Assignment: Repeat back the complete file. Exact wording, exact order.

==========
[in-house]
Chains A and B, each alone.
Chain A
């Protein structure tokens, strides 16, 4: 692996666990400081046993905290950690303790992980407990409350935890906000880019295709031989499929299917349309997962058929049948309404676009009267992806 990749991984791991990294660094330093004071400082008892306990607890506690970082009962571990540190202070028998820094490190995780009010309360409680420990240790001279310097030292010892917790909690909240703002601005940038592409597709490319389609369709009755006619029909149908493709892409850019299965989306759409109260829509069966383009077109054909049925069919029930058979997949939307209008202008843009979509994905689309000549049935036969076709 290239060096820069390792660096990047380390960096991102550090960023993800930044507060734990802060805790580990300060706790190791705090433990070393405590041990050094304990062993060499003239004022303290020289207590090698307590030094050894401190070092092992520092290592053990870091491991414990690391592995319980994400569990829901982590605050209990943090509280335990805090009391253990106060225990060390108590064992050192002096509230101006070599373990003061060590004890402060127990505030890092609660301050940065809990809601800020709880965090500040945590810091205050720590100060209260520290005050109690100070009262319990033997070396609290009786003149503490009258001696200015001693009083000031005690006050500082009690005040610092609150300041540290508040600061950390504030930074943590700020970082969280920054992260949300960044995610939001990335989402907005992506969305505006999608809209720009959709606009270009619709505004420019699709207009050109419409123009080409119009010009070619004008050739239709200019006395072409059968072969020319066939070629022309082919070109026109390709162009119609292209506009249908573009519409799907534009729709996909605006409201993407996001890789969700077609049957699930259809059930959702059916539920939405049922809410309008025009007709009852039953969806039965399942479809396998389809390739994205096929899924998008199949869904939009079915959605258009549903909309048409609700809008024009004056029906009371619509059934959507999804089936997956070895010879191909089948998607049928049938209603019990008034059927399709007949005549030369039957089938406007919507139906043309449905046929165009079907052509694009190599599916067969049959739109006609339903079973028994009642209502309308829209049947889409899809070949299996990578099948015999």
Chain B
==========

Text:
[in-house]
Chains A and B, each alone.
Chain A
């Protein structure tokens, strides 16, 4: 692996666990400081046993905290950690303790992980407990409350935890906000880019295709031989499929299917349309997962058929049948309404676009009267992806 990749991984791991990294660094330093004071400082008892306990607890506690970082009962571990540190202070028998820094490190995780009010309360409680420990240790001279310097030292010892917790909690909240703002601005940038592409597709490319389609369709009755006619029909149908493709892409850019299965989306759409109260829509069966383009077109054909049925069919029930058979997949939307209008202008843009979509994905689309000549049935036969076709 290239060096820069390792660096990047380390960096991102550090960023993800930044507060734990802060805790580990300060706790190791705090433990070393405590041990050094304990062993060499003239004022303290020289207590090698307590030094050894401190070092092992520092290592053990870091491991414990690391592995319980994400569990829901982590605050209990943090509280335990805090009391253990106060225990060390108590064992050192002096509230101006070599373990003061060590004890402060127990505030890092609660301050940065809990809601800020709880965090500040945590810091205050720590100060209260520290005050109690100070009262319990033997070396609290009786003149503490009258001696200015001693009083000031005690006050500082009690005040610092609150300041540290508040600061950390504030930074943590700020970082969280920054992260949300960044995610939001990335989402907005992506969305505006999608809209720009959709606009270009619709505004420019699709207009050109419409123009080409119009010009070619004008050739239709200019006395072409059968072969020319066939070629022309082919070109026109390709162009119609292209506009249908573009519409799907534009729709996909605006409201993407996001890789969700077609049957699930259809059930959702059916539920939405049922809410309008025009007709009852039953969806039965399942479809396998389809390739994205096929899924998008199949869904939009079915959605258009549903909309048409609700809008024009004056029906009371619509059934959507999804089936997956070895010879191909089948998607049928049938209603019990008034059927399709007949005549030369039957089938406007919507139906043309449905046929165009079907052509694009190599599916067969049959739109006609339903079973028994009642209502309308829209049947889409899809070949299996990578099948015999």
Chain B